Sunday. Today we're doing the spoof as well as the usual three issues. Fortunately, we've mostly sub-contracted the spoof to Alison Scott and Steven Cain so it's not nearly as frantic as Saturday. Yes, everything's going OK... until we get told that the publishers are refusing to accept our apology in Issue 7 and want a really serious groveling apology or else they're going to go away and never come to an SF convention ever again. Serious debate follows on whether or not we actually need the publishers. After all they are an incredible amount of hassle to deal with and most convention attendees wouldn't miss them. It's not as if it was someone important like the agents or the bookdealers, anyway. Still, we agree that we'll try running another apology and Jan offers to go and grovel personally (for which I am forever in his debt, really I should have gone and done it). Amazingly, this seems to work.
The system for submitting stories has now completely broken down, so we invent a new one which works much better. We run off a hundred or so submission sheets with boxes for who submitted the story, when it was submitted, when it expires by etc. and we attach one of these to each story instead of a scrappy PostIt. Everything suddenly becomes organised and efficient. We really should have been doing this from the start; life would have been ever so much easier. Since we also insist that anyone submitting a story writes it out on the sheet, we're getting better source material because it's forcing them to do a re-write.
So today, we have to print the Hugo results and what I want to do is have them ready at the doors as the audience leaves the ceremony. Mike Moir took a lot of convincing before he would agree to give us the results in advance but eventually he saw my point of view after I swore a terrible oath that I would keep them secret until after the ceremony or see my figgin placed upon a spike. Just before the Hugos, Mike comes to the newsroom and gives me three sealed envelopes (one for us, one for Locus and one for Science Fiction Chronicle) each containing a disk and a printout. He leaves and we lock the doors and wait for the ceremony to start. Tension mounts. Eventually we reach the agreed hour and break the seal on our envelope. Nothing really surprising. Alex takes the disk, sticks it in the drive... and all hell breaks loose. The memory-resident virus checker starts screaming its head off, I punch the eject button on the drive closely followed by the off-switch. I dig the anti-virus stuff out of the box of bits and we check the hard drive. Clean. We check the floppy. Virus detected in the boot sector. Oh shit. We start to type in the results from the printout. Then it occurs to someone, what about those other two sealed envelopes? So we open the other envelopes, check the disks (both clean, by the way) and reseal them with me signing my name across the seal together with an brief note saying "opened for virus check". Be still my trembling heart. And we go to press not a moment too soon because the ceremony is nearly over. We do a short run of 500 copies and take them out still slightly wet, just in time to catch the first people leaving the hall. Phew! Go and watch fireworks while trusty Jan prints the other 2500 copies. Oh, and I explain to Mike Moir how the other envelopes came to be opened, and circulate a general virus warning to all areas of the convention using computers.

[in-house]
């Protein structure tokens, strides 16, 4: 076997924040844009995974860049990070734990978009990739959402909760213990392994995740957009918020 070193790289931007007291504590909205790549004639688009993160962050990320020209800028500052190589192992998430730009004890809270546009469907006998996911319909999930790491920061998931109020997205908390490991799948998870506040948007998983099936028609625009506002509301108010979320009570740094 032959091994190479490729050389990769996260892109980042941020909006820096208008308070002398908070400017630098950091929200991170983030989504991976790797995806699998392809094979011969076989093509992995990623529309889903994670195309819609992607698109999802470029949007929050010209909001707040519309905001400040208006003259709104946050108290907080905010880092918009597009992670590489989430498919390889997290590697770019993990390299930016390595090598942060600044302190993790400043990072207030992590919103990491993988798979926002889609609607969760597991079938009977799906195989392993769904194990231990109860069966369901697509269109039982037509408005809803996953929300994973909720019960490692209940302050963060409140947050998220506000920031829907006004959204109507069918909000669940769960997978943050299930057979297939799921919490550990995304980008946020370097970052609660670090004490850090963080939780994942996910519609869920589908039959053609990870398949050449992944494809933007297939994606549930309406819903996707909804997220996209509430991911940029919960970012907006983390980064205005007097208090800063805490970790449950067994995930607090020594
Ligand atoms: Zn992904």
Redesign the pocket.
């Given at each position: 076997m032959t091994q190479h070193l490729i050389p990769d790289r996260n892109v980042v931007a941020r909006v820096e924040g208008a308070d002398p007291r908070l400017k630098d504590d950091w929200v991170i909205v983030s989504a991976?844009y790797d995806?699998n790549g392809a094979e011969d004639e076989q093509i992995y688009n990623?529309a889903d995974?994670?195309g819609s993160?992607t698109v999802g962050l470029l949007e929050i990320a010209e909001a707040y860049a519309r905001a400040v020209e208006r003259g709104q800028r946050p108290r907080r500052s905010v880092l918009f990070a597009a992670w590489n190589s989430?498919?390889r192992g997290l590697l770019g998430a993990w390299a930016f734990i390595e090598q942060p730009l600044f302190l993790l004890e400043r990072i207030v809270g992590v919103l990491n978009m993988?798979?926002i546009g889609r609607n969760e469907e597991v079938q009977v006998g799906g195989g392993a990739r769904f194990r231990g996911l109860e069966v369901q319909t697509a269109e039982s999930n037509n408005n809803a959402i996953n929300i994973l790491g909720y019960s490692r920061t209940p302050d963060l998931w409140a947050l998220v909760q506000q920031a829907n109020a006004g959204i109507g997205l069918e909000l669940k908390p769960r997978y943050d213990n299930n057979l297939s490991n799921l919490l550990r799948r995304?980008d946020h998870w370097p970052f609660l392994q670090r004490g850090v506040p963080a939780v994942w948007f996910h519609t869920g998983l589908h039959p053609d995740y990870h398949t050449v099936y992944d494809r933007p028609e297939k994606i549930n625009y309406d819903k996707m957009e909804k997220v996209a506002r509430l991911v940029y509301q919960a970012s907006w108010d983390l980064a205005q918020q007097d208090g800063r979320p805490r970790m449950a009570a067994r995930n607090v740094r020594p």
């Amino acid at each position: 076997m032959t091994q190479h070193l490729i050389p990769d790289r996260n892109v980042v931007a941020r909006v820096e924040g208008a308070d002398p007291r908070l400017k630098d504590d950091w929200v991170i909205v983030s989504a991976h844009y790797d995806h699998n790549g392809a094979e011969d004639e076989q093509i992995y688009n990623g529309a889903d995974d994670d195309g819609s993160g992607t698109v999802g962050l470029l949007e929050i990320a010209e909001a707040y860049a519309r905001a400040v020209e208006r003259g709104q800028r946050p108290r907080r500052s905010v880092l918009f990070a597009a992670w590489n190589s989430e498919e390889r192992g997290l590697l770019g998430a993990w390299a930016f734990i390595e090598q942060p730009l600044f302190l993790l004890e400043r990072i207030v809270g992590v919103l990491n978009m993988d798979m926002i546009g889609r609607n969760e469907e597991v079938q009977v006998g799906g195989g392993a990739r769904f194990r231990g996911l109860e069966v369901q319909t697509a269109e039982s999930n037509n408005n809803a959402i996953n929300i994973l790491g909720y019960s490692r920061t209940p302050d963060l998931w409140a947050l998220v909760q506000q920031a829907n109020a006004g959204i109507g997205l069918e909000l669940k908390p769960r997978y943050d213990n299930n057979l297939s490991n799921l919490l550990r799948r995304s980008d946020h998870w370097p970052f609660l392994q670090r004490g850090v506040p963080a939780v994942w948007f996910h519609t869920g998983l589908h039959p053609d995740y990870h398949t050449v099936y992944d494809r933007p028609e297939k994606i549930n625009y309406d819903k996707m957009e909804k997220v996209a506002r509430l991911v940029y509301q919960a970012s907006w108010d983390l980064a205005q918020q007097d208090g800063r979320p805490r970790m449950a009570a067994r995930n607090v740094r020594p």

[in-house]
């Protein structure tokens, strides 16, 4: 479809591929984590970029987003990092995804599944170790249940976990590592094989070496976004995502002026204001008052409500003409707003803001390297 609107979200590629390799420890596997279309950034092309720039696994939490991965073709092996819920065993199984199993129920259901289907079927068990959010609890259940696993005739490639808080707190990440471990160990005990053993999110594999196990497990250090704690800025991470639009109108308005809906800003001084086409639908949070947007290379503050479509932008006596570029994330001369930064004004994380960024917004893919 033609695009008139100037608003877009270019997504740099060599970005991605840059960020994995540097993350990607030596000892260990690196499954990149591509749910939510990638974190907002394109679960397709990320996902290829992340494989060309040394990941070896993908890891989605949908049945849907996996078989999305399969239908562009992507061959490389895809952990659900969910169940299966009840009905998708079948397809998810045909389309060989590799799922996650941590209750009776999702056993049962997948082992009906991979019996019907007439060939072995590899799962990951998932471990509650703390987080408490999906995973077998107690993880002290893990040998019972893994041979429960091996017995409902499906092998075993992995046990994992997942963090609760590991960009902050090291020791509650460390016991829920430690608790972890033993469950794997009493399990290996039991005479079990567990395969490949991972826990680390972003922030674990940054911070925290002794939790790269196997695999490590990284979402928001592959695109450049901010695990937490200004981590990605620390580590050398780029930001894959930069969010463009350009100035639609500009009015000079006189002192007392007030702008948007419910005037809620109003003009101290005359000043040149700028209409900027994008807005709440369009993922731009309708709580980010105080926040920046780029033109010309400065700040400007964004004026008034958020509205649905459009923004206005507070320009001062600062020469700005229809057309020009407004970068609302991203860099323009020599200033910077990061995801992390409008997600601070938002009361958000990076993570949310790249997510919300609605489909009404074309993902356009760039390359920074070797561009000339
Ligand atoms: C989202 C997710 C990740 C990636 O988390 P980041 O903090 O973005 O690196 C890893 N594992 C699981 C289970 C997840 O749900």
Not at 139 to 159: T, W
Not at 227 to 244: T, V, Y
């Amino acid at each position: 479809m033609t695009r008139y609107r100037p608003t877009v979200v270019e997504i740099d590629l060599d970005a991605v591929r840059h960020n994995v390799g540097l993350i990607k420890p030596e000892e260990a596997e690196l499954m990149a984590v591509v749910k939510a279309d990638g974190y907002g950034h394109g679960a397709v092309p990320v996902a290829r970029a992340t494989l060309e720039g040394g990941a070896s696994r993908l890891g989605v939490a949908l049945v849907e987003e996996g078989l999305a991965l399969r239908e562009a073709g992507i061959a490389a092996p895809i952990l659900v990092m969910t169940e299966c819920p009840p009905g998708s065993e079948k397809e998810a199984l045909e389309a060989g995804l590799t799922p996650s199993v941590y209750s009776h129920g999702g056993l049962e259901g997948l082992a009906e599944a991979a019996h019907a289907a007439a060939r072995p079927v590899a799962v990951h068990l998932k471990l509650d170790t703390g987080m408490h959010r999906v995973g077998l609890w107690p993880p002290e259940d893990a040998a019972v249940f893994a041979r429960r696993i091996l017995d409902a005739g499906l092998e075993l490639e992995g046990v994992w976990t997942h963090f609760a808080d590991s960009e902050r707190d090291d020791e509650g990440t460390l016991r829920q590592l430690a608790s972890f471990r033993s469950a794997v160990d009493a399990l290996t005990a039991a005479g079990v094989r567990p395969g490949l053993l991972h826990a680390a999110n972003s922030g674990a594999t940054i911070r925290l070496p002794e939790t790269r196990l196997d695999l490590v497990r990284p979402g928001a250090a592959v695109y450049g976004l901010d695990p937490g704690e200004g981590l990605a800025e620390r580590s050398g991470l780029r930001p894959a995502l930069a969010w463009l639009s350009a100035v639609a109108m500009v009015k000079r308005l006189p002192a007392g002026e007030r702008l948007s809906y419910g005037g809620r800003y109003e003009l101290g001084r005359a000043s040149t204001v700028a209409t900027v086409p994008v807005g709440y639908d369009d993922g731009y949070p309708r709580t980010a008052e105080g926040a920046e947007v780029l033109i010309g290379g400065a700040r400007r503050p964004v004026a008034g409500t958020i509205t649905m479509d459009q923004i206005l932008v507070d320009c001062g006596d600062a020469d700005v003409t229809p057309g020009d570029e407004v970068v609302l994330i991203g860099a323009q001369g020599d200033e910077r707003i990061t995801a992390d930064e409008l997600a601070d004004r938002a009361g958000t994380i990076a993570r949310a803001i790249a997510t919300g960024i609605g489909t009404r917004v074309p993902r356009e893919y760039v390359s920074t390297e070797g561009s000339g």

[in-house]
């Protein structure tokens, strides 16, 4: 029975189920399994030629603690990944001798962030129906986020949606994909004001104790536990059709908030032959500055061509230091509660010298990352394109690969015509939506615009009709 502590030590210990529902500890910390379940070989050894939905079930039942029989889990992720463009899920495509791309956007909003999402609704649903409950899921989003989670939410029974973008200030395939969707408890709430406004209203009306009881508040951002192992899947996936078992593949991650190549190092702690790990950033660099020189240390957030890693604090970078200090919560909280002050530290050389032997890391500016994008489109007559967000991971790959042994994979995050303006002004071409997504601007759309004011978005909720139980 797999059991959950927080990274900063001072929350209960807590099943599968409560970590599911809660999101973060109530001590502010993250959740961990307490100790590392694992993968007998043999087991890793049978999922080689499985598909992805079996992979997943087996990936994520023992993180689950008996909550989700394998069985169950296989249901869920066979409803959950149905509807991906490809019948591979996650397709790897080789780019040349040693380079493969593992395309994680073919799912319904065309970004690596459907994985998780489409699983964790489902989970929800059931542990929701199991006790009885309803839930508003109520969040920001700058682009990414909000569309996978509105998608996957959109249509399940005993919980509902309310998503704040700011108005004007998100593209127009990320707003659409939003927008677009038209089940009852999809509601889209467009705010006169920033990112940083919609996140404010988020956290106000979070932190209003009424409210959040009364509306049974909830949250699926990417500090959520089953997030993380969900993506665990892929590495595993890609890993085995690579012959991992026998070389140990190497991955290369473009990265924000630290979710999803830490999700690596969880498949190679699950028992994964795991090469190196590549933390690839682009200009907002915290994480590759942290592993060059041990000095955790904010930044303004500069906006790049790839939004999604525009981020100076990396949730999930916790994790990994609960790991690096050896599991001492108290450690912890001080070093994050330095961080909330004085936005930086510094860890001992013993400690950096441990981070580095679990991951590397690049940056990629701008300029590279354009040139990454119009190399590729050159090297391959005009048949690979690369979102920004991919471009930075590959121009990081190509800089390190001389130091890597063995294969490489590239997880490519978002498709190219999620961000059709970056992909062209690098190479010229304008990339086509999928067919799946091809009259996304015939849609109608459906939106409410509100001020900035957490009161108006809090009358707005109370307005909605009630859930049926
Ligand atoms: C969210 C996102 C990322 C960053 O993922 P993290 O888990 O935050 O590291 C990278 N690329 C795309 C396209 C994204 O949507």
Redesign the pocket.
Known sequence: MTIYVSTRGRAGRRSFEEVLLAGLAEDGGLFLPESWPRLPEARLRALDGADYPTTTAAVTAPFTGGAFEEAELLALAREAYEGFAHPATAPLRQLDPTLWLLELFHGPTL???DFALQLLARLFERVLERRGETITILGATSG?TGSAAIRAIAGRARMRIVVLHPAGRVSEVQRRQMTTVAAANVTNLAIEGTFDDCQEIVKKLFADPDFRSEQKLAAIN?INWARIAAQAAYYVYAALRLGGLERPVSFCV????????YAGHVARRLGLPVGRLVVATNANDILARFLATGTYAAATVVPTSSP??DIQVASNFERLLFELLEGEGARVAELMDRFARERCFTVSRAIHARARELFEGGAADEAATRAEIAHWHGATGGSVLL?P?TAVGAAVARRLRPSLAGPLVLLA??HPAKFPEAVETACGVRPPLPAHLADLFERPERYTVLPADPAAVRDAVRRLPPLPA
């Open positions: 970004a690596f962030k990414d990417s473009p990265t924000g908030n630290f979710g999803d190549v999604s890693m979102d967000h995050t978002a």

Monday. After all that, anything would be a relief. Things go swimmingly, Dave Kyle comes upstairs and is complimentary about VoM as are a number of other people. Ah! Egoboo! Actually, nothing beats the feeling of distributing a newsletter and having hordes of people descend on you for copies and go away laughing at the jokes you've spent several hours agonising over. We were only going to do two issues today, but we end up doing the usual three, anyway (even if we do have to include a big picture of Samuel Delany to fill up space). Jan even has time to do some reprints of early issues for people who missed them. Of course tonight's is the last issue...
Tuesday. Oh, come on, we've got to do an issue today. If only we can get to the newsroom before Gestetner come and take their machine away. So we do. We even get it out before Kurt and Scott come around with their dead dog party report (which I've still got lying around somewhere, come to think of it. Shame to waste it...). I think we're the last area to clear out of the SECC, but everyone seems to appreciate having a post-con issue. Chris from Gestetner turns up and is more than mildly boggled when he discovers that we've run the machine well past its next service point over the weekend. I tell him that any time Gestetner want a testimonial I'll give him anything they want and personally I want that machine's babies. The photocopier (may it rust in Hell) broke down twice and ended up doing about 600 copies, max., mostly fan repro and resizing fillos. The Gestetner on the other hand has never faltered and has provided an endless supply of sensawunda from fans coming into the newsroom and saying "Hey! That photocopier sounds just like a mimeo..."
Then he wheels the duplicator into the lift and, for us, the con is over.